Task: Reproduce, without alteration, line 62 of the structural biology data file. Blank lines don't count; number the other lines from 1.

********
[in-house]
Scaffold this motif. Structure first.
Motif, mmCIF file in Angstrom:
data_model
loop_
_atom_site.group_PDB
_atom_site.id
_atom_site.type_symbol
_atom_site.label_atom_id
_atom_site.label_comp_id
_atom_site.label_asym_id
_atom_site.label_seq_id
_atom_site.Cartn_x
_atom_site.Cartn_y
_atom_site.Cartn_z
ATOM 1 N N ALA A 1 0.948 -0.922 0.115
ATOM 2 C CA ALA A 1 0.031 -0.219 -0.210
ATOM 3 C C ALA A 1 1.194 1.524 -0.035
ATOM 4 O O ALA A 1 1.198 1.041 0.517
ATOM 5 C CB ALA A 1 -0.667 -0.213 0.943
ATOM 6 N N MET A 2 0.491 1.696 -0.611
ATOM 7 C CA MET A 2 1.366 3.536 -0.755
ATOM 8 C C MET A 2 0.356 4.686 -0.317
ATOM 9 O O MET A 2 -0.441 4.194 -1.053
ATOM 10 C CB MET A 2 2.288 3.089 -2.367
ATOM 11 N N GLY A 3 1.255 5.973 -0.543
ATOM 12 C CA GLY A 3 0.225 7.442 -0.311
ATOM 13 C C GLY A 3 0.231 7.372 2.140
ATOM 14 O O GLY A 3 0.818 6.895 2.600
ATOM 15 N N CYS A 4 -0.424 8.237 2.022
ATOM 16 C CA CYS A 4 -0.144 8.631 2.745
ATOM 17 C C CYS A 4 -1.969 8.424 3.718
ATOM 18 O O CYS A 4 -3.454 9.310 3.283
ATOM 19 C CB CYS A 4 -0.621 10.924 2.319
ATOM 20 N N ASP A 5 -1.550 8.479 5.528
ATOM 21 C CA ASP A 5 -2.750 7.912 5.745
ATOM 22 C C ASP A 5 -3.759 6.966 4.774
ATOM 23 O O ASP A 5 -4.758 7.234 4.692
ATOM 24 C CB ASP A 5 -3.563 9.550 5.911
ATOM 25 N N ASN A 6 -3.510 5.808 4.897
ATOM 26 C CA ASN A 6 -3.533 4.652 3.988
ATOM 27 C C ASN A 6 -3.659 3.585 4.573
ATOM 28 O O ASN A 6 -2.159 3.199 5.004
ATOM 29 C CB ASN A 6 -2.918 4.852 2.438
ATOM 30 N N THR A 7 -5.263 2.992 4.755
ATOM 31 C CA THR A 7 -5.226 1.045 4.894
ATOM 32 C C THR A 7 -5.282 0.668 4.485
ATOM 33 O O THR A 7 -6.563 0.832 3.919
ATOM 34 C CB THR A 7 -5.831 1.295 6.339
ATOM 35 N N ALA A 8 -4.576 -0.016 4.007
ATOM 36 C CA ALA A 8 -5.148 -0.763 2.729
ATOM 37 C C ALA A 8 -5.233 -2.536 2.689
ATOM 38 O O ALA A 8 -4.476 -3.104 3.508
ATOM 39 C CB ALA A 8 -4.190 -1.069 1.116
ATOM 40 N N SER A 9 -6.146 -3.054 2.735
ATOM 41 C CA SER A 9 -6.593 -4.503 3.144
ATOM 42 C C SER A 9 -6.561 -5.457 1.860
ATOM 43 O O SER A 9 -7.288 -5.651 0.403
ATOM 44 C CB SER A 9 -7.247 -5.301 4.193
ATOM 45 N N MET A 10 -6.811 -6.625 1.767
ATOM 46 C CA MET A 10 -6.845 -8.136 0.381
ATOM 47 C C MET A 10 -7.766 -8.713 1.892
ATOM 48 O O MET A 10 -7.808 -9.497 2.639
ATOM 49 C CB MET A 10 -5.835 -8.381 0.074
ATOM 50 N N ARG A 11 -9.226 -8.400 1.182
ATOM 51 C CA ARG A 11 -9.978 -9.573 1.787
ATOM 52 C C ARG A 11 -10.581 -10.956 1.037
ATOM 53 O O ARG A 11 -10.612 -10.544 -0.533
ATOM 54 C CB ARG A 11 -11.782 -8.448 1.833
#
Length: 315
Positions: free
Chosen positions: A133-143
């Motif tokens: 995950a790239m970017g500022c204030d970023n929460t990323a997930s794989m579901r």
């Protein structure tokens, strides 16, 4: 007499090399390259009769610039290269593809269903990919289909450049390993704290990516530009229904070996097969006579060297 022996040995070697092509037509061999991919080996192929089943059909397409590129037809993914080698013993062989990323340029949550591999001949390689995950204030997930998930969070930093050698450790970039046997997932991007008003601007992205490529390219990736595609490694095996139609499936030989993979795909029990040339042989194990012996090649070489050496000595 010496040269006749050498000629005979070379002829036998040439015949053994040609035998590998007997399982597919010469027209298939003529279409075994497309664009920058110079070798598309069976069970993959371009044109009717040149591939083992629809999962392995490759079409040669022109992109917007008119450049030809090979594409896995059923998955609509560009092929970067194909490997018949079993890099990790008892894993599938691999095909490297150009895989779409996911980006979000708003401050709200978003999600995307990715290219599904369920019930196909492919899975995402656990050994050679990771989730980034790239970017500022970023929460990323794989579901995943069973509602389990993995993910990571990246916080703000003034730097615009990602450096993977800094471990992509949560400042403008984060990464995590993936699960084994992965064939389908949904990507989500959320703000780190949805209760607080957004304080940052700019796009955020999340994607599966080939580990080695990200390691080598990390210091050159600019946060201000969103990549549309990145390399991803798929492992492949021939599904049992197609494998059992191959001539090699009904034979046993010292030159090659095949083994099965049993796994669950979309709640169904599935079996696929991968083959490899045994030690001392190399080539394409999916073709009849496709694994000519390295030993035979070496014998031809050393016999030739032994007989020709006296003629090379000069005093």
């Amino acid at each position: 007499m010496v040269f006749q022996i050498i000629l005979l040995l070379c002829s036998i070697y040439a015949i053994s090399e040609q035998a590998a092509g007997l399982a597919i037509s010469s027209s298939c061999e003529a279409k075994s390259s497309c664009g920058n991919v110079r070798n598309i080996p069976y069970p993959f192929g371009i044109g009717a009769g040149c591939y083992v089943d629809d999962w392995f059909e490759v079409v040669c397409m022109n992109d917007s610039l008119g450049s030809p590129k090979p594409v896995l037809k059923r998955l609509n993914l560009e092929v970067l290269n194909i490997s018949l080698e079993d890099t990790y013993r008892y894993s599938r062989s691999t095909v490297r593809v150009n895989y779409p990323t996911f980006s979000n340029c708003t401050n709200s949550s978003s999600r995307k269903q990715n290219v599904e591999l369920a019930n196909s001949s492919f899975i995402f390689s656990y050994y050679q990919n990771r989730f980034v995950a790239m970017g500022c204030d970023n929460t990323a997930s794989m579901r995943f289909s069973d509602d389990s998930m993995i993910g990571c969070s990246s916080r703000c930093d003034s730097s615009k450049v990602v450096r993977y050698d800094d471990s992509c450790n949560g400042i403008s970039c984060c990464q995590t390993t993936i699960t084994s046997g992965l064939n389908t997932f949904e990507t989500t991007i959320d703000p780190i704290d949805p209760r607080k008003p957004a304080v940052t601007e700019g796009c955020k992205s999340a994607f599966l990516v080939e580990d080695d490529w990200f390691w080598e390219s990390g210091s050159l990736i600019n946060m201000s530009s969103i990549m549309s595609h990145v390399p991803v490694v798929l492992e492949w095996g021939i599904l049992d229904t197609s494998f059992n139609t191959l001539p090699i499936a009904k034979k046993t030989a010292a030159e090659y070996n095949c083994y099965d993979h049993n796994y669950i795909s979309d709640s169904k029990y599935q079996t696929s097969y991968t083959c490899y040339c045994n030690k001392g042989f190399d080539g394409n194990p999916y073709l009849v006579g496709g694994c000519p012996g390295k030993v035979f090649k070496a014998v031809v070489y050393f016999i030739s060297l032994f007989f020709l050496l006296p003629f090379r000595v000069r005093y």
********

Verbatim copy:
ATOM 47 C C MET A 10 -7.766 -8.713 1.892